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Published: January 14th 2017
It was raining when we left Chiang Mai. It rained heavily throughout the near four hour bus ride to Chiang Rai. It then rained almost non-stop during our 2 day stay, not that we let it affect our enjoyment. Indeed, we loved it there so much that we are considering returning for a longer stay in years to come.
First though, the bus. It wasnt too bad, although still not nothing compared to the VIP buses we have seen. What was remarkable was the way we bought our tickets. When you visit the Green Bus
website look for the English option then select your route. In Chiang Rai you need to select Terminal 1 as, despite the bus stopping there, Terminal 2 produces no bookable option. Make sure you put something in the comments box otherwise it won't let you proceed for some bizarre reason. On the payment page choose 7 Eleven and you will be given a booking code. Within 2 hours go to any 7 Eleven store and give your code at the checkout where they will print out a ticket for you. That's it! Remarkably simple eh?
A tuk tuk took us to our hotel, Ban Pin Kaew
which proved to be a lovely place to relax (listening to the rain hammering down on nearby tin roofs) and despite its location a little way out from the centre we highly recommend it. You can pick up local transport at the main road or the landlady will call a tuk tuk for you. There's no breakfast but with a fridge in the room and plenty of fresh fruit for sale it's easy to be healthy for a few days!
On our first evening the rain stopped allowing us to explore the area around the magnificent golden clock tower. There we dined in style at the Barrab
restaurant which was unsurprisingly packed given the quality of food we ate. The Northern Thai sausages were particularly scrumptious bursting with the flavours of lemongrass and a multitude of herbs and spices.
From there we walked over to the night market. Far less frantic than the ones in Chiang Mai, it was actually a pleasure wandering around and browsing. We had already eaten so the lack of food stalls want a problem. They had been replaced with sit down restaurants and entertainment such as traditional Thai dancing. The fruit and flower
stalls illuminated in the dark evening gave a beautiful splash of colour to the scene.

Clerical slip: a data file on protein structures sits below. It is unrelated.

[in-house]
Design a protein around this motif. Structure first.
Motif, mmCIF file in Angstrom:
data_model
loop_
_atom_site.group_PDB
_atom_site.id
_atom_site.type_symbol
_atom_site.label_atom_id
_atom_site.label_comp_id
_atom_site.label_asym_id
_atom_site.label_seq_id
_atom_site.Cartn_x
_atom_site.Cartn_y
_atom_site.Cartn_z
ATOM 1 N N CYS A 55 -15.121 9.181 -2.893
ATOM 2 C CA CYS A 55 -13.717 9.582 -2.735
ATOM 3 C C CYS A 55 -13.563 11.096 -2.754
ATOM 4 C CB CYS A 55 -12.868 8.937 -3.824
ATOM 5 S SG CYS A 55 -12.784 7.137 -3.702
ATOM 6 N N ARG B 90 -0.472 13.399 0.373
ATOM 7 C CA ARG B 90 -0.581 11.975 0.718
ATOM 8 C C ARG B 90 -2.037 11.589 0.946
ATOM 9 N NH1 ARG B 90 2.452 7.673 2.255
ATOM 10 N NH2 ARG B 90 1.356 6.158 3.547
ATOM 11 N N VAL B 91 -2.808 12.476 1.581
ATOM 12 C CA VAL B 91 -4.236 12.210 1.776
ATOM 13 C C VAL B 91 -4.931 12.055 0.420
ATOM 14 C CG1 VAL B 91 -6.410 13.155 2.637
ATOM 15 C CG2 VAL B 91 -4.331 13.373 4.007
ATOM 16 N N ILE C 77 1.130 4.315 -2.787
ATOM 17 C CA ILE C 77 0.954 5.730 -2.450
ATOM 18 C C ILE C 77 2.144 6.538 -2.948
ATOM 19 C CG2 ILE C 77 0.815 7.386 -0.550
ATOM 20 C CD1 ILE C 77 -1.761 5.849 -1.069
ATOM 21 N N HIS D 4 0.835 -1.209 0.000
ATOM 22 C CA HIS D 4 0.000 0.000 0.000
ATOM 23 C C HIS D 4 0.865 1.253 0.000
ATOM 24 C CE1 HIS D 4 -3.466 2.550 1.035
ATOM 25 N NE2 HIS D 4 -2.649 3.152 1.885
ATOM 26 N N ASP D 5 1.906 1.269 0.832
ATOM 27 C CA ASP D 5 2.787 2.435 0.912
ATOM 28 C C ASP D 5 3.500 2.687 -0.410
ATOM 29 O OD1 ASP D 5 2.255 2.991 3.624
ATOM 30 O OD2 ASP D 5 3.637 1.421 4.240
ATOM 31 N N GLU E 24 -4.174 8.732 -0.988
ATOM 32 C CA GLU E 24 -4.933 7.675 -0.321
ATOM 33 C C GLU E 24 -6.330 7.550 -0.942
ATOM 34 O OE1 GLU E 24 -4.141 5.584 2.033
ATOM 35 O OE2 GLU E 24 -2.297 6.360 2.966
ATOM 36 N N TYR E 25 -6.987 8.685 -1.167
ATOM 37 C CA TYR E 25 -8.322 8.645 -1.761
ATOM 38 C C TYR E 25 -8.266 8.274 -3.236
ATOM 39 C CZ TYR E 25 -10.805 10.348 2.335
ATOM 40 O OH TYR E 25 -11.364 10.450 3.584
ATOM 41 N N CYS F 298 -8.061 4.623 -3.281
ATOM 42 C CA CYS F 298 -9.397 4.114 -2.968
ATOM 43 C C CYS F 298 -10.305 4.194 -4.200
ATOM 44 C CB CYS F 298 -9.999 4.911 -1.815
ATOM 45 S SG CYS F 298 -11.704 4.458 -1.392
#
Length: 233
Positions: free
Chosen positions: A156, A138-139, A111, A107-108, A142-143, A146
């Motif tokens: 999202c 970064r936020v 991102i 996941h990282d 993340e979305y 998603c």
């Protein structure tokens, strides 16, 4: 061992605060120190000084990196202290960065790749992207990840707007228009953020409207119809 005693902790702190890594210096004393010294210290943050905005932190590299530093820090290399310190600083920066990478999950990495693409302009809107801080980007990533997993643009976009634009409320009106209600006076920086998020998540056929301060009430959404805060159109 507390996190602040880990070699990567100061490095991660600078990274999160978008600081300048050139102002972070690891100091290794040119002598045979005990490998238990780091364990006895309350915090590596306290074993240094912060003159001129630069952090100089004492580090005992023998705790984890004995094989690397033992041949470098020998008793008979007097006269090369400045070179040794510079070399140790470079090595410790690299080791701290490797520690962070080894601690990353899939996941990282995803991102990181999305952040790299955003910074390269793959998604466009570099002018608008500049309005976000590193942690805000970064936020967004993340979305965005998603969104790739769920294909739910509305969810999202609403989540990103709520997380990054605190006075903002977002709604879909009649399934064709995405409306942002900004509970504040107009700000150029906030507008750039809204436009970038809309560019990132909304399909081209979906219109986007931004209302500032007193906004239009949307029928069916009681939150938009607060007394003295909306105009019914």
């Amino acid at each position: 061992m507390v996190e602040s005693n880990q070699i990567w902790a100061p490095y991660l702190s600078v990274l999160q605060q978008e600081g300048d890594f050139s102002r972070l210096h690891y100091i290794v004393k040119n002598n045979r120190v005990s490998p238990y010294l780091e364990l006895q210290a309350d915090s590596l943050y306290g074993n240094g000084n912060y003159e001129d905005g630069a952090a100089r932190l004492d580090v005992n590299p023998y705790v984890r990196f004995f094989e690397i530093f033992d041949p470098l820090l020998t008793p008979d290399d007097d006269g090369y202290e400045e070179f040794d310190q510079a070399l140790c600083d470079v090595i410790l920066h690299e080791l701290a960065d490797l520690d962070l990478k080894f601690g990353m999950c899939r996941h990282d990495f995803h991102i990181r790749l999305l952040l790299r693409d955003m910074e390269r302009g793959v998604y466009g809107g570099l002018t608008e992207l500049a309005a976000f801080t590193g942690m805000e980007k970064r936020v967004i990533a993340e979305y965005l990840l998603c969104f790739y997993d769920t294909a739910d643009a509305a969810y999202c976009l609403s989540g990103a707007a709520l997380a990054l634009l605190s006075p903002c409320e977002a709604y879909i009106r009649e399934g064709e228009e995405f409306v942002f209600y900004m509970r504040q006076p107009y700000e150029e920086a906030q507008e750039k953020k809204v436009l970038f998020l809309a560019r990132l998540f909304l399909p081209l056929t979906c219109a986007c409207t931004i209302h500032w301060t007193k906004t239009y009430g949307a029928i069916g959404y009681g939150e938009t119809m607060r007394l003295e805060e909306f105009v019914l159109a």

It started raining again at some stage during the night. Serious, brutal, heavy rain that caused primeval howls to echo in the distance. We're sure that wasn't just in our dreams! No matter how patient we were in the morning despite itching to go exploring, the rain refused to stop. Raincoats on and umbrellas unfurled, we waited by the main road where a human cattle truck, blue in Chiang Rai, stopped and agreed to take us 11km down the road to the White Temple. At least that's what we thought we had agreed. When he went to the bus station instead a period of renegotiation ensued with complete success this time.
Wat Rong Khan, as it is really called, is a labour of love by one of Chiang Rai's artists cum architect, Ajarn Chalermchai Kositpipat. It is a stunning complex predominately white in colour. When the sun shines it is gleaming but even on a wet day with a thousand umbrellas on display, it is a magnificent temple. Sadly with wet conditions comes a closure of the bridge which allows entry to the
inner sanctum. Slippery when wet, but dangerously so. Instead we took our time in the exhibition hall marvelling at the artists stunning interpretation of various Buddhist scenes.
After a quick coffee we found a tuk tuk driver who was prepared to take us back into town and on a further 13km to Baan Dam, or the Black Temple as it is colloquially known. Another local artist cum architect, Thawan Duchane, has built a complex of very dark buildings including a massive temple. Dark both in appearance and what lies inside. Long horned skulls adorn many walls while animal skins, especially crocodiles create a rather sinister ambience. Add to that some of the smaller rather stranger buildings, one like a dog's head with mouth agape, another a series of white domes, and you have quite an eclectic mix!
We managed to pick up a cattle truck back into town where we visited the Hilltribe Museum
. Set inside the headquarters of the NGO PDA, it gives a fascinating insight into the different hilltribes, their history, culture and costumes. Seeing the weaver creating intricate textiles on her loom was amazing. It takes 2 days for her to create 2 metres of cloth.
Later that day we succumbed to the lure of Western food for the first time on this trip. The burgers were to die for in Hungry Wolfs
. We missed a trick though. We could have had what is surely the world's largest commercially produced pizza. Mind you, we'd have been eating it cold for lunch for days to come!
On the morning of our departure guess what happened. Yes, it finally stopped raining!!
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